At the beginning of October we will meet in Lisbon at the invitation by Portugal to discuss the way forward for financing for development for LDCs, including important issues of ODA quantity and quality, private resource flows, including from emerging countries, domestic resource mobilisation, innovative sources of finance and a global stimulus package for LDCs. This ministerial level event is jointly organised by the Ministry of Foreign Affairs of Portugal and my Office. I look forward to meeting some of you there to develop new proposals in this important area.
As you know all of these pre-conference events are expected to provide substantive inputs to a new Programme of Action.
A Brainstorming Meeting on the substantive preparation for UN LDC IV took place here in New York in July including all major stakeholders from LDCs, donors, emerging development partners and UN System organizations and international financial institutions. It provided useful inputs for the assessment of the implementation of the Brussels Programme in order to improve the substantive content of the next development agenda and the methodology for monitoring progress.
The two (2) sessions of the PrepCom to be held in New York in January and April of next year will give us a clearer idea of this content.
In order to ensure broad participation in the conference, my Office is working with civil society, parliamentarians and the private sector, along three different tracks for the Conference, so as to thoroughly include their views. Steering Committees will manage the civil society and private sector track of the conference and will meet several times during the preparatory process.
We have also prepared a guide on mobilizing parliamentary support in collaboration with the Inter-Parliamentary Union, and are planning a parliamentarian forum during LDC IV.
The MDG summit and the opening of the GA have also helped to refocus some of the international discussions on the importance of LDCs as the most vulnerable group of countries. The slogan “no MDGs without LDCs” has been heard by many and I am encouraged by the high level participation of key development partners at the two side events dedicated to LDCs and MDGs last week. I am reassured by some of the statements made at these side events that preparations for the LDC Conference are also high on the agenda of various developing partners and that genuine concern has led to some new thinking related to aid allocation and innovative finance, which hopefully will lead to concrete deliverables for LDC IV.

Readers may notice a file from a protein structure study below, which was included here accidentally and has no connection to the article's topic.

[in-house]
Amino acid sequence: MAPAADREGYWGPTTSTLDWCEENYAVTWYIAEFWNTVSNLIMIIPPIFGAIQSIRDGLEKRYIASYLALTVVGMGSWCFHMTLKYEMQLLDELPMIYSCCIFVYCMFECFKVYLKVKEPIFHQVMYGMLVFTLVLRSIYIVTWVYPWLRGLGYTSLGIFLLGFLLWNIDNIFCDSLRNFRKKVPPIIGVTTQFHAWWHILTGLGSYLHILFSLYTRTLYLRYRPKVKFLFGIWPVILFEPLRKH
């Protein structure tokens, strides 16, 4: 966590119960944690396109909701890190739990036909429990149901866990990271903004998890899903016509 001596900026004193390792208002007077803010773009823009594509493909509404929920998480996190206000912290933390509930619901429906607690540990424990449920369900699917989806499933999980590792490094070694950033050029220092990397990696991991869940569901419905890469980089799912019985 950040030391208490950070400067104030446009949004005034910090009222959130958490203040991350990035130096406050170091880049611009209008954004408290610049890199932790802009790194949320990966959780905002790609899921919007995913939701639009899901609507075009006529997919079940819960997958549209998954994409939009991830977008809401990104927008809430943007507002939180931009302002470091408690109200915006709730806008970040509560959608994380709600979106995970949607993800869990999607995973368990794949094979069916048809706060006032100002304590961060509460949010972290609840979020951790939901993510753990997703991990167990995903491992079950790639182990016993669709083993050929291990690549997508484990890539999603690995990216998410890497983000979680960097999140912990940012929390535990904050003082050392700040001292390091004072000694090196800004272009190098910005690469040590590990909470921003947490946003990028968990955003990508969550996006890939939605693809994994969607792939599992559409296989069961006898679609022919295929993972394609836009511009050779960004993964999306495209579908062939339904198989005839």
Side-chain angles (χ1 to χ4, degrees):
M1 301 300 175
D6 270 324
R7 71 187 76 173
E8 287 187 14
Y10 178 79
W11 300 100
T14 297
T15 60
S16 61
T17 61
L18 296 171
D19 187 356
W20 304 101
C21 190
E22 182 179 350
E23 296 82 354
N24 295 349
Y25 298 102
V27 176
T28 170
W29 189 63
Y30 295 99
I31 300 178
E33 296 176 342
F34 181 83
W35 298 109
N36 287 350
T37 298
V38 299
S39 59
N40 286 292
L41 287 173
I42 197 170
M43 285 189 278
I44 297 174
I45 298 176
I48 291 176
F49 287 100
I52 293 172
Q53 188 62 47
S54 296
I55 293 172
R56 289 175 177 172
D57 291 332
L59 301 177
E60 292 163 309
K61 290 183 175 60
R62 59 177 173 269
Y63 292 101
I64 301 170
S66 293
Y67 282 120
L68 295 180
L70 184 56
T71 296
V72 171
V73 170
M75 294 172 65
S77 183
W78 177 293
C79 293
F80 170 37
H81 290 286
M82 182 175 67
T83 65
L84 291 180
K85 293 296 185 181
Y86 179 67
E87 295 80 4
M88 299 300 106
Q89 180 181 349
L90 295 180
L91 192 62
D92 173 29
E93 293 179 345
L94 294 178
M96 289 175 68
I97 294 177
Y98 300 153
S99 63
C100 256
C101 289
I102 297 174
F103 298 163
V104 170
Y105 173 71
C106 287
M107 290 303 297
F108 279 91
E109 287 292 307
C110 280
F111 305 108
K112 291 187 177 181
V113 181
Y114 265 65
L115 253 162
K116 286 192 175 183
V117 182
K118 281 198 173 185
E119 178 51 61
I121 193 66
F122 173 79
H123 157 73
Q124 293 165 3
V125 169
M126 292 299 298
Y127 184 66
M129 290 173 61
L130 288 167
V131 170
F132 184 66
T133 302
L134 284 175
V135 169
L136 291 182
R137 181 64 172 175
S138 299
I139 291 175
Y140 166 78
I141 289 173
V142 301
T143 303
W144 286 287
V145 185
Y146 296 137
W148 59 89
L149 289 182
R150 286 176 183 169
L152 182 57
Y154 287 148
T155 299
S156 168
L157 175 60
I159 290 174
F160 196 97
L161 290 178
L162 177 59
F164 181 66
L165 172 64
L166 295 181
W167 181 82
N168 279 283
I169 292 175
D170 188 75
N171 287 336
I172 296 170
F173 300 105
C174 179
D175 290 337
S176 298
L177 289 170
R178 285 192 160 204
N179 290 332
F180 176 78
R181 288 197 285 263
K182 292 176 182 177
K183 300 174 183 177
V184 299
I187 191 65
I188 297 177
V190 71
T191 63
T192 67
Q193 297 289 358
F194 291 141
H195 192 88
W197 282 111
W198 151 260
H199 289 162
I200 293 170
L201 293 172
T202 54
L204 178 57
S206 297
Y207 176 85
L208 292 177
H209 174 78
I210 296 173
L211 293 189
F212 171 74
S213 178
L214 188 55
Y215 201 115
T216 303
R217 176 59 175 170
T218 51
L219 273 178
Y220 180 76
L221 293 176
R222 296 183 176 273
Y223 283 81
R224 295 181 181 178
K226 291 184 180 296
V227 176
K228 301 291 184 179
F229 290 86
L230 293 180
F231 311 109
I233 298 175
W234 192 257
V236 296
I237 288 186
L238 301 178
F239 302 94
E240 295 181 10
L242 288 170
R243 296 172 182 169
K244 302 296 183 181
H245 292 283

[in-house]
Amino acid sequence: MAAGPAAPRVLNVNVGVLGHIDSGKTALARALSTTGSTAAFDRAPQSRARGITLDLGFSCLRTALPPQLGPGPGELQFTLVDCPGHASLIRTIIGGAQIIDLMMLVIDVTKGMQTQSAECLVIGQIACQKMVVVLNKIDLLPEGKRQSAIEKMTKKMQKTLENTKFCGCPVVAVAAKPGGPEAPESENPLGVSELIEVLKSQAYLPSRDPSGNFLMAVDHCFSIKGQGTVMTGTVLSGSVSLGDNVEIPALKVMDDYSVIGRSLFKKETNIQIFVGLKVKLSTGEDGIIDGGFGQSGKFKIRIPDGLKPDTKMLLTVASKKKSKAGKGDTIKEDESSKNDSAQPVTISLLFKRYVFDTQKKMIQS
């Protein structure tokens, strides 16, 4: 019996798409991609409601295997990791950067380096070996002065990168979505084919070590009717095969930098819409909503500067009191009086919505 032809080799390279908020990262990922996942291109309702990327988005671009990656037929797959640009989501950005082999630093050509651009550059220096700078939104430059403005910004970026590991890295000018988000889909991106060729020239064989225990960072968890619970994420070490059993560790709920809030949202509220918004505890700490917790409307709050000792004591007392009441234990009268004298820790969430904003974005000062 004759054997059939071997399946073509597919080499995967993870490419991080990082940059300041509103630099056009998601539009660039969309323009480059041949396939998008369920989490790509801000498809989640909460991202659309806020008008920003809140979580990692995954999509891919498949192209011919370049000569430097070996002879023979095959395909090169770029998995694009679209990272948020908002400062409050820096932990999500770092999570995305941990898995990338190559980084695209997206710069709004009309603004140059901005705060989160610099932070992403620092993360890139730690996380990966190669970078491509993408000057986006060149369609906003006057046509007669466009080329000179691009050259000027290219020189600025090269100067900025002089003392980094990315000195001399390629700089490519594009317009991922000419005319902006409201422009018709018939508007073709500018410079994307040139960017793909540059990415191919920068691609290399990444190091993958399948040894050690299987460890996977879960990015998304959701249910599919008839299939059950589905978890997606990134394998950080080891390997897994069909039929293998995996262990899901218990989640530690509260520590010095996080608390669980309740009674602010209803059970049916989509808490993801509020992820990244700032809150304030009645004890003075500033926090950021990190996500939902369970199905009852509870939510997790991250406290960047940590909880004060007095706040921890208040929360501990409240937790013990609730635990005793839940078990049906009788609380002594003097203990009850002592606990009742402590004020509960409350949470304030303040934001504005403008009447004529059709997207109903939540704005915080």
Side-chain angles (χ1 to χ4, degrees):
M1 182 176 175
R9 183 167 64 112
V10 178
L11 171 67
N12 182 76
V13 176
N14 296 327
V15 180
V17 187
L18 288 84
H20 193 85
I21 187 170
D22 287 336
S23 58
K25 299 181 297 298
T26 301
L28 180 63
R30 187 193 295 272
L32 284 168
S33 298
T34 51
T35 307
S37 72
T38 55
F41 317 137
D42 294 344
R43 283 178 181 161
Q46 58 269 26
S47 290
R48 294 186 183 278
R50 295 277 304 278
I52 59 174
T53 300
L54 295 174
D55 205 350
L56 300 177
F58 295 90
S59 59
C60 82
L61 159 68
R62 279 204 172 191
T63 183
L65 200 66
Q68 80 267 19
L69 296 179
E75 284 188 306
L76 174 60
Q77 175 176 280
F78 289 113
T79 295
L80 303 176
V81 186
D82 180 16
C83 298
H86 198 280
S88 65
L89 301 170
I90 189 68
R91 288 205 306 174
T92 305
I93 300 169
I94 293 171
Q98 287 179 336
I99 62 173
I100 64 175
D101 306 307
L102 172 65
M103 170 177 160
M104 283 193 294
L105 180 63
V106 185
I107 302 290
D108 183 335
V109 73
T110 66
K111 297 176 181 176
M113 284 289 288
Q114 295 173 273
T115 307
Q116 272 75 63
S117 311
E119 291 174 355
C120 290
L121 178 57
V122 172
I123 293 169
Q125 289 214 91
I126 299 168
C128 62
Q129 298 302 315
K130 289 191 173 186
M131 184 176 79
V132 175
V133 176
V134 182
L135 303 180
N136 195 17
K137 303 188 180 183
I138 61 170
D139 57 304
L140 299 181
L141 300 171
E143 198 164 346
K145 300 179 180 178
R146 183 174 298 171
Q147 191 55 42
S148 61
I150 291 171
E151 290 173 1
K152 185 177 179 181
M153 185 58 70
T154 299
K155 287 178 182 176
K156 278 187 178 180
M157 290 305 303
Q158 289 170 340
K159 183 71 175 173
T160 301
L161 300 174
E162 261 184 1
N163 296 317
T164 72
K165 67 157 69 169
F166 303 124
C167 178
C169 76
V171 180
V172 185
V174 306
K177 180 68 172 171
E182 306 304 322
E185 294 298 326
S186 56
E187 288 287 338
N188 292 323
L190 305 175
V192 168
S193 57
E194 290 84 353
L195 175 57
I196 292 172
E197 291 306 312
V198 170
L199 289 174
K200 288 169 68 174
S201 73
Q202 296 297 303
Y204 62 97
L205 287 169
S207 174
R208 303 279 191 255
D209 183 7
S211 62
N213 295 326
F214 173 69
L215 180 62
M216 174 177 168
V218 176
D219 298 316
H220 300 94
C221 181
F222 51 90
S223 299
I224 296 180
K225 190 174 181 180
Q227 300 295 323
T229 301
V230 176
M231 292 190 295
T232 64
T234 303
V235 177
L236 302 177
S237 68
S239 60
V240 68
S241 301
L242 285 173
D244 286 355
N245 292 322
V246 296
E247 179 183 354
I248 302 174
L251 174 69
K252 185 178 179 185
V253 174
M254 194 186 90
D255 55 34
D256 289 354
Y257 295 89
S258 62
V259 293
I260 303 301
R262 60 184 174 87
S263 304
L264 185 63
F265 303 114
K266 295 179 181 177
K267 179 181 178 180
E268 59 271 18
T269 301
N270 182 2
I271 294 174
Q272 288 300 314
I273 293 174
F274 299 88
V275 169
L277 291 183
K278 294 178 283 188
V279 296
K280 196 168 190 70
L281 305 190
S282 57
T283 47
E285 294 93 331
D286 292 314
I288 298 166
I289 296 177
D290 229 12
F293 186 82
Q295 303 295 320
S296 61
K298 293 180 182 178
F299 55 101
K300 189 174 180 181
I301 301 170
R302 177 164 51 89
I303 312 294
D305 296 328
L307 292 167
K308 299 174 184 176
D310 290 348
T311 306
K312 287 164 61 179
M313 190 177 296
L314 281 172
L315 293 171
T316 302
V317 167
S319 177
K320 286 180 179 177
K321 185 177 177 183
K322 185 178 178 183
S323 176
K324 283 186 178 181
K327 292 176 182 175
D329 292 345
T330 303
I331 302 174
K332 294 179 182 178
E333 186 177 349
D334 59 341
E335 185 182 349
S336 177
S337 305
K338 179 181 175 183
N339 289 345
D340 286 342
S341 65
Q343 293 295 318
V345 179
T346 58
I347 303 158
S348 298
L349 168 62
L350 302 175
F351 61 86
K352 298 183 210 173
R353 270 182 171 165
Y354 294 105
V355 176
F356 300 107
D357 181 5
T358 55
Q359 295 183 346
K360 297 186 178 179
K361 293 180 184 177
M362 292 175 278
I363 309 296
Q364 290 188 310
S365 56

We are heading to Istanbul with roughly the same number of LDCs that began the journey in 2001. Only one country, Cape Verde, has graduated from the group during the last decade. Thus it is evident that a renewed commitment to the partnership for LDCs and a new programme of Action is needed. I am confident that the Ministerial Declaration to be adopted at this meeting will provide further guidance in this respect.
The LDCs need an ambitious and internationally supported development agenda. Let us redouble our efforts to ensure that LDC IV delivers such an agenda.
Before closing, allow me Mr. Chair to publicly acknowledge and thank Turkey, India, and Belgium for their financial contributions to the LDC Trust Fund for the preparations of the LDC IV Conference. I also thank Bangladesh, India and Portugal for hosting Ministerial Meetings leading to the Conference – India just announced today its decision to host the thematic ministerial meeting on “Harnessing the positive contribution of South-South cooperation for LDCs Development”.
Thank you for your kind attention.